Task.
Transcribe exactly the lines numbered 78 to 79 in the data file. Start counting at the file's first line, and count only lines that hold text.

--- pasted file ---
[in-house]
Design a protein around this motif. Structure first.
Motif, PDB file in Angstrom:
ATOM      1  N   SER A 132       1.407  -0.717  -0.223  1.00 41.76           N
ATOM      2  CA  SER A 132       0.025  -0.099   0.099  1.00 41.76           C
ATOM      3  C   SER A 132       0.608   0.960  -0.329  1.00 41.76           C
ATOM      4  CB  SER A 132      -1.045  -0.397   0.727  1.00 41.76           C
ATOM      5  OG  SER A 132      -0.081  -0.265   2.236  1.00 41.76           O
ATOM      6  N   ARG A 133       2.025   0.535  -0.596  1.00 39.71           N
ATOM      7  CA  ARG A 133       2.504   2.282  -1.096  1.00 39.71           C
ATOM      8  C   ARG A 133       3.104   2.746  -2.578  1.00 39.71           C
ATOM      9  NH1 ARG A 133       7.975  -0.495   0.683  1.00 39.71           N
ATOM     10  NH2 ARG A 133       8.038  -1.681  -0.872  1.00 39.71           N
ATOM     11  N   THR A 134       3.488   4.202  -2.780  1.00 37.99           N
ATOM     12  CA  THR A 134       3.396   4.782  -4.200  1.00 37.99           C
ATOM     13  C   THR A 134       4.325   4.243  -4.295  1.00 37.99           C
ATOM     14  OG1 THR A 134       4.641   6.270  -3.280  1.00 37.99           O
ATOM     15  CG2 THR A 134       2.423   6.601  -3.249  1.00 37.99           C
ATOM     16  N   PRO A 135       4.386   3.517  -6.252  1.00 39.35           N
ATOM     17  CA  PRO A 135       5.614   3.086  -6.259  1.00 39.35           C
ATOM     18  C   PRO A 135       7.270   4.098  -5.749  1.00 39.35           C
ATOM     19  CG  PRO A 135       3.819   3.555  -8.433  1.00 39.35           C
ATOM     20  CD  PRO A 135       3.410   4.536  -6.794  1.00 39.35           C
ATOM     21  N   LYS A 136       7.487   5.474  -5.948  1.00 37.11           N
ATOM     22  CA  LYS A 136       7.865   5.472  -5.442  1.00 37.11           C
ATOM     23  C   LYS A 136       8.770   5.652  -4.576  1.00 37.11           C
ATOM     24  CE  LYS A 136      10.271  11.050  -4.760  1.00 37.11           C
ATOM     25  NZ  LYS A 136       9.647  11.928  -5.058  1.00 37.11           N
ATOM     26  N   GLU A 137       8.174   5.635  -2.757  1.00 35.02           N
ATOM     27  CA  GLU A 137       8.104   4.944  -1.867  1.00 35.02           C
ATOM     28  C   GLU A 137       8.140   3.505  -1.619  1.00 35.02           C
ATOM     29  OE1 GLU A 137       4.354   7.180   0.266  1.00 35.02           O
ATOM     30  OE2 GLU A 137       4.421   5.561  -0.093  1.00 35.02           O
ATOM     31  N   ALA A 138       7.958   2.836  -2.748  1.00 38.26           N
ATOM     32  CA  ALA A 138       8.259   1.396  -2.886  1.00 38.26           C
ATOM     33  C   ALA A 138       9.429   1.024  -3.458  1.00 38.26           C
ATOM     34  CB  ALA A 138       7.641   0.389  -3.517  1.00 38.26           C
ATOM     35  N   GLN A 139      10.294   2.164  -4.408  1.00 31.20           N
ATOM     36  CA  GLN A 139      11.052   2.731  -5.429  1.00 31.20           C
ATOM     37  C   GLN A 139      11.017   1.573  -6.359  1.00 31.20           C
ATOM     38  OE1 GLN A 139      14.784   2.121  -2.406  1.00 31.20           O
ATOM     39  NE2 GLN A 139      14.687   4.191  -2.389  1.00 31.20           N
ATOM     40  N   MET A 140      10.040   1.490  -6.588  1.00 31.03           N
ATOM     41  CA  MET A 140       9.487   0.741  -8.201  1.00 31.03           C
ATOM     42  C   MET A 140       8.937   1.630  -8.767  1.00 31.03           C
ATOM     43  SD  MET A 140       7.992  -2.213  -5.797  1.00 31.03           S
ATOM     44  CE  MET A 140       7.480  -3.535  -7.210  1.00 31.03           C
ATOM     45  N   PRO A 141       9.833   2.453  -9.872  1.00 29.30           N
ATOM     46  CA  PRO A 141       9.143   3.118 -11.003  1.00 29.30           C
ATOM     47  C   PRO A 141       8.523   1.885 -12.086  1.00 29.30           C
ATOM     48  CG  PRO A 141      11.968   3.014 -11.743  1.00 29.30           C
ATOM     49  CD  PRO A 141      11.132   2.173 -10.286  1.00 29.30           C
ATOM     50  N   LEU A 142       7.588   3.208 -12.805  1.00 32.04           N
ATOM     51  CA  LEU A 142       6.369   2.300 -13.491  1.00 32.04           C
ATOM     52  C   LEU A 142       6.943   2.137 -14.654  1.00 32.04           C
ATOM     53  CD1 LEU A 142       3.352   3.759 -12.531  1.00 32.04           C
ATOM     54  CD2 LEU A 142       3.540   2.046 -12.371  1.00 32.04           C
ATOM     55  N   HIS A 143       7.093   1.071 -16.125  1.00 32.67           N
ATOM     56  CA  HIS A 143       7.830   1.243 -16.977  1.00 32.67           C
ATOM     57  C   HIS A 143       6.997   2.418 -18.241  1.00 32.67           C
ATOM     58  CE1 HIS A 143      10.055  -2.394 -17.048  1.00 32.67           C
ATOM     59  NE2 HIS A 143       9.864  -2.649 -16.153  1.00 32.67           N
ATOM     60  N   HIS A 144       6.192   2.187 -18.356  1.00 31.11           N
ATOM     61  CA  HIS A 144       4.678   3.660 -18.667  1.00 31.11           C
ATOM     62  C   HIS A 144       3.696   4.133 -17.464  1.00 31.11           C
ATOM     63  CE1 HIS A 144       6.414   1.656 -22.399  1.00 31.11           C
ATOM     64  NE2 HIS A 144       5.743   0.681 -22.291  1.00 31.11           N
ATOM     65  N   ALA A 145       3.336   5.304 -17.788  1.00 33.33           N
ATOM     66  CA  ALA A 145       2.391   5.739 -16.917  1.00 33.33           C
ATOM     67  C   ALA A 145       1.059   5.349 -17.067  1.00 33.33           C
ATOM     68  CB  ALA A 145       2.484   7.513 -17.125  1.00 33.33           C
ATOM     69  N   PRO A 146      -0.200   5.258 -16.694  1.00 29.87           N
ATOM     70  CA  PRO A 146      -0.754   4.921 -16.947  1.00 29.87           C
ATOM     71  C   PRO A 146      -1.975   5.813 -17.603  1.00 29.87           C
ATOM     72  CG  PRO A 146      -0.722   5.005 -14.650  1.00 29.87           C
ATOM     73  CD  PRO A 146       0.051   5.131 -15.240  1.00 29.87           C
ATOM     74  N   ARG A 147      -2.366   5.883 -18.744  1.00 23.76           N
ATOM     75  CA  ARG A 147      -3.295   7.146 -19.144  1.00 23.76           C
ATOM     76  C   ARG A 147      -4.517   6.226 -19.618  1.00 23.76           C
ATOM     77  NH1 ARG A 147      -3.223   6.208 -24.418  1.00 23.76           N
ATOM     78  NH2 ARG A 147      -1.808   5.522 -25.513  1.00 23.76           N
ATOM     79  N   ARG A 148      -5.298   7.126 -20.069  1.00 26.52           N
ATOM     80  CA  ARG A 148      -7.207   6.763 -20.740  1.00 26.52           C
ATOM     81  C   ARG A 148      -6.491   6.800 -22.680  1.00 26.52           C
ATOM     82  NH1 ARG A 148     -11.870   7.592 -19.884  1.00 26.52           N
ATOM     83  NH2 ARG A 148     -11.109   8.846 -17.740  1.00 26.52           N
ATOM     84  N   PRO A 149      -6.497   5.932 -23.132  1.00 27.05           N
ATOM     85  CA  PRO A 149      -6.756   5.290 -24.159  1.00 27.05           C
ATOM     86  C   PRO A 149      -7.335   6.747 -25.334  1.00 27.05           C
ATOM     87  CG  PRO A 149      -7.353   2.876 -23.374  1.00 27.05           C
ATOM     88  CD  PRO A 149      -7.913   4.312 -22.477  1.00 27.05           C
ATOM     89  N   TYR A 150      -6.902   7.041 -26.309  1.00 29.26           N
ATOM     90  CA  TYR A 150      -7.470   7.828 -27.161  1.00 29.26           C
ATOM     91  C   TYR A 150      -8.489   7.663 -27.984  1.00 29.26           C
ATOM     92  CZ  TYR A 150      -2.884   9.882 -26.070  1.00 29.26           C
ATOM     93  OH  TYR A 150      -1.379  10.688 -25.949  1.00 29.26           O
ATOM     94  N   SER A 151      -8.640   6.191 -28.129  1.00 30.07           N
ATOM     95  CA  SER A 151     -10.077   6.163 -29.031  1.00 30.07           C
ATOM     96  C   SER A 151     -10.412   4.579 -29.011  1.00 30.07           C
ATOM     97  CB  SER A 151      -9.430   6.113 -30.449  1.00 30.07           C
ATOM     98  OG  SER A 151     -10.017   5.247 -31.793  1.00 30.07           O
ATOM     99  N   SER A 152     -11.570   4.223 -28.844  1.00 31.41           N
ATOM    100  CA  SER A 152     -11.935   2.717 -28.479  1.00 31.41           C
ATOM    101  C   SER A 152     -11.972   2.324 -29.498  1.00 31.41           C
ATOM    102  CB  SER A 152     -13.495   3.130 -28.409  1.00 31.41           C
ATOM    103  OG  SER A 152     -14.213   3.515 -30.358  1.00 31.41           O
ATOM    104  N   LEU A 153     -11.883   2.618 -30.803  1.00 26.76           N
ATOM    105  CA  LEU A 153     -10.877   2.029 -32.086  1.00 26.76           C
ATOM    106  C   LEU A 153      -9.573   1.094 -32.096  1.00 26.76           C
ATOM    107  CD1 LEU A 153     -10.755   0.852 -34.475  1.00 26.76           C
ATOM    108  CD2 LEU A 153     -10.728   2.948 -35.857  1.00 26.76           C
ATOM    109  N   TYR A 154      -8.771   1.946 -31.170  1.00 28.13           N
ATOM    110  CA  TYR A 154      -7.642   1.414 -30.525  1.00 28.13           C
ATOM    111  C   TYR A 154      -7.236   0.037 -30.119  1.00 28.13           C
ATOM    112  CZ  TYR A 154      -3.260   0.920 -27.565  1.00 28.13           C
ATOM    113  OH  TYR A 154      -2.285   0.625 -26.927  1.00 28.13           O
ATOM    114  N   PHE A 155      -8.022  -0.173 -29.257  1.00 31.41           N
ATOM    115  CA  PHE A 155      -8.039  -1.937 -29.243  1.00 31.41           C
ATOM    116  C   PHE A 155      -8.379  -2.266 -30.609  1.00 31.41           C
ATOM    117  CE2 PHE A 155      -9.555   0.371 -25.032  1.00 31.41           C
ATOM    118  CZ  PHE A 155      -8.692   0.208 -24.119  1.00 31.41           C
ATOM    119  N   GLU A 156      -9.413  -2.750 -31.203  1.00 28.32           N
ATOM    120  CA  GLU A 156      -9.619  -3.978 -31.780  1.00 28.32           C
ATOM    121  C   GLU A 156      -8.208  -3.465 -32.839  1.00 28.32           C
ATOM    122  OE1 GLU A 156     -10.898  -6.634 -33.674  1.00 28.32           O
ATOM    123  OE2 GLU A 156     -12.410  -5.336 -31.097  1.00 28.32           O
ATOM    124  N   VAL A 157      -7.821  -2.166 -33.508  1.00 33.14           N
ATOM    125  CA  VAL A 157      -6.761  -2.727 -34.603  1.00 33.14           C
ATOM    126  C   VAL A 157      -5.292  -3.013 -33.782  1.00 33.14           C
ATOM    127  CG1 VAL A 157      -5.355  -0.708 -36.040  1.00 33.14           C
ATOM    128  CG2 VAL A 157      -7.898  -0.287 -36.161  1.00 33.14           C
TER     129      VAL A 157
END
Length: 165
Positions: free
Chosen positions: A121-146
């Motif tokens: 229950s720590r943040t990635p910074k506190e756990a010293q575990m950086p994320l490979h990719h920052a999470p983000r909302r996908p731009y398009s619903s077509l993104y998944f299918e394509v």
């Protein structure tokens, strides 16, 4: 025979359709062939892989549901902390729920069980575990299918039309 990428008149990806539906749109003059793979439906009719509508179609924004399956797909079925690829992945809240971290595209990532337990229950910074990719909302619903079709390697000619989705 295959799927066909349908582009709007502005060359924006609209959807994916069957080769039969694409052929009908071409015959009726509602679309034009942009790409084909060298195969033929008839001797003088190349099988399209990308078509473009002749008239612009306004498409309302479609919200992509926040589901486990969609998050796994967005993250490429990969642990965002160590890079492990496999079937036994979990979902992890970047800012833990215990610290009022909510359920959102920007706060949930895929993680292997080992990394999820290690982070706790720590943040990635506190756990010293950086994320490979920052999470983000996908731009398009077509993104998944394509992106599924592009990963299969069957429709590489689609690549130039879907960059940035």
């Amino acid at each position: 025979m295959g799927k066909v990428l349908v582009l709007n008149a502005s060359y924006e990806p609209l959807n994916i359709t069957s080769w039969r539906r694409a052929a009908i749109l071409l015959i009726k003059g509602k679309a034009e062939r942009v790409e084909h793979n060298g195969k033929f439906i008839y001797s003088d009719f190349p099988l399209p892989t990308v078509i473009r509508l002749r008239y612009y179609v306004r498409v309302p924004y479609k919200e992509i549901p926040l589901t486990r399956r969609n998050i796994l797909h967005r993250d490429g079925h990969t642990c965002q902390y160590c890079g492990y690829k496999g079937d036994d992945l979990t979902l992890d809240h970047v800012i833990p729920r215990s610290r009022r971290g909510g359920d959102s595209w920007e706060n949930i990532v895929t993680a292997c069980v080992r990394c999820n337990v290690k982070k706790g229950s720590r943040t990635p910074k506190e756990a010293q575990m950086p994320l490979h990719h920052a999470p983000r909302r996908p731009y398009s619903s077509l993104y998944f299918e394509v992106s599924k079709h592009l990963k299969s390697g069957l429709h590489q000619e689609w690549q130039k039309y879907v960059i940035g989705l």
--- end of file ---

ATOM     75  CA  ARG A 147      -3.295   7.146 -19.144  1.00 23.76           C
ATOM     76  C   ARG A 147      -4.517   6.226 -19.618  1.00 23.76           C